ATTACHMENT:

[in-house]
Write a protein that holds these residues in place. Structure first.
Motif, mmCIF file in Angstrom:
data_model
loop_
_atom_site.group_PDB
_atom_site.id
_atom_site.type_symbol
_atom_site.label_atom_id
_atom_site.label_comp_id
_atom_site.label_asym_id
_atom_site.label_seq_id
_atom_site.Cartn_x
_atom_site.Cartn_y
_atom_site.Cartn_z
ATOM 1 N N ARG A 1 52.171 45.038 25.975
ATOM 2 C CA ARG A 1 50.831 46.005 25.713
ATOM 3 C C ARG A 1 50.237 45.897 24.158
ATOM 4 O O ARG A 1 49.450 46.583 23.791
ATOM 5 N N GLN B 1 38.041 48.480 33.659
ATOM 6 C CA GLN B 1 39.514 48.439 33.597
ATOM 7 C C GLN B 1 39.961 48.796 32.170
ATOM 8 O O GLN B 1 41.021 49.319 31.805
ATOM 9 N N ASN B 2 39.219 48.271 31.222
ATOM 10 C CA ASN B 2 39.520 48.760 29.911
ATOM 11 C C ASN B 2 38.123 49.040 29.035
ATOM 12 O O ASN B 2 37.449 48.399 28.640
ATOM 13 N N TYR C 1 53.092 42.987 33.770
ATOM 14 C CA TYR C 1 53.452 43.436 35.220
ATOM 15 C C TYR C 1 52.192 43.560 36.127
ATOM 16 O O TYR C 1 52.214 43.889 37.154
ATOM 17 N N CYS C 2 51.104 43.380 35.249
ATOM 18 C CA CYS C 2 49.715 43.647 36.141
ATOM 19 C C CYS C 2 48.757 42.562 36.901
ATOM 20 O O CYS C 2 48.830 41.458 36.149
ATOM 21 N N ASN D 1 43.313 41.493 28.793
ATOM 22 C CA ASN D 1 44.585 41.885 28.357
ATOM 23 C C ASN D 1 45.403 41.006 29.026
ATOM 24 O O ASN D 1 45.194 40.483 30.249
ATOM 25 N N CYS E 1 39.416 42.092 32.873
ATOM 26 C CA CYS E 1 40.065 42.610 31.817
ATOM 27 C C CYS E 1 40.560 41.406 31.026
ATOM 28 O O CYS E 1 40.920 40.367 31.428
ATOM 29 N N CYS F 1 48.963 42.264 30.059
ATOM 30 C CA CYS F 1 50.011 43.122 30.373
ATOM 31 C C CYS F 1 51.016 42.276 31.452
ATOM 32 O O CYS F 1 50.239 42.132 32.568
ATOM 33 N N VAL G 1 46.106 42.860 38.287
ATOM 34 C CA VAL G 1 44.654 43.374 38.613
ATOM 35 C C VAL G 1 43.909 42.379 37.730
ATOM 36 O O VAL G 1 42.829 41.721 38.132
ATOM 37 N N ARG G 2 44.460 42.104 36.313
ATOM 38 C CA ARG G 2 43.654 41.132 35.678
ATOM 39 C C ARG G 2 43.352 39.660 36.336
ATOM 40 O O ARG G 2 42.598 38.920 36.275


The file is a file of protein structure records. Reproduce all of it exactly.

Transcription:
[in-house]
Write a protein that holds these residues in place. Structure first.
Motif, mmCIF file in Angstrom:
data_model
loop_
_atom_site.group_PDB
_atom_site.id
_atom_site.type_symbol
_atom_site.label_atom_id
_atom_site.label_comp_id
_atom_site.label_asym_id
_atom_site.label_seq_id
_atom_site.Cartn_x
_atom_site.Cartn_y
_atom_site.Cartn_z
ATOM 1 N N ARG A 1 52.171 45.038 25.975
ATOM 2 C CA ARG A 1 50.831 46.005 25.713
ATOM 3 C C ARG A 1 50.237 45.897 24.158
ATOM 4 O O ARG A 1 49.450 46.583 23.791
ATOM 5 N N GLN B 1 38.041 48.480 33.659
ATOM 6 C CA GLN B 1 39.514 48.439 33.597
ATOM 7 C C GLN B 1 39.961 48.796 32.170
ATOM 8 O O GLN B 1 41.021 49.319 31.805
ATOM 9 N N ASN B 2 39.219 48.271 31.222
ATOM 10 C CA ASN B 2 39.520 48.760 29.911
ATOM 11 C C ASN B 2 38.123 49.040 29.035
ATOM 12 O O ASN B 2 37.449 48.399 28.640
ATOM 13 N N TYR C 1 53.092 42.987 33.770
ATOM 14 C CA TYR C 1 53.452 43.436 35.220
ATOM 15 C C TYR C 1 52.192 43.560 36.127
ATOM 16 O O TYR C 1 52.214 43.889 37.154
ATOM 17 N N CYS C 2 51.104 43.380 35.249
ATOM 18 C CA CYS C 2 49.715 43.647 36.141
ATOM 19 C C CYS C 2 48.757 42.562 36.901
ATOM 20 O O CYS C 2 48.830 41.458 36.149
ATOM 21 N N ASN D 1 43.313 41.493 28.793
ATOM 22 C CA ASN D 1 44.585 41.885 28.357
ATOM 23 C C ASN D 1 45.403 41.006 29.026
ATOM 24 O O ASN D 1 45.194 40.483 30.249
ATOM 25 N N CYS E 1 39.416 42.092 32.873
ATOM 26 C CA CYS E 1 40.065 42.610 31.817
ATOM 27 C C CYS E 1 40.560 41.406 31.026
ATOM 28 O O CYS E 1 40.920 40.367 31.428
ATOM 29 N N CYS F 1 48.963 42.264 30.059
ATOM 30 C CA CYS F 1 50.011 43.122 30.373
ATOM 31 C C CYS F 1 51.016 42.276 31.452
ATOM 32 O O CYS F 1 50.239 42.132 32.568
ATOM 33 N N VAL G 1 46.106 42.860 38.287
ATOM 34 C CA VAL G 1 44.654 43.374 38.613
ATOM 35 C C VAL G 1 43.909 42.379 37.730
ATOM 36 O O VAL G 1 42.829 41.721 38.132
ATOM 37 N N ARG G 2 44.460 42.104 36.313
ATOM 38 C CA ARG G 2 43.654 41.132 35.678
ATOM 39 C C ARG G 2 43.352 39.660 36.336
ATOM 40 O O ARG G 2 42.598 38.920 36.275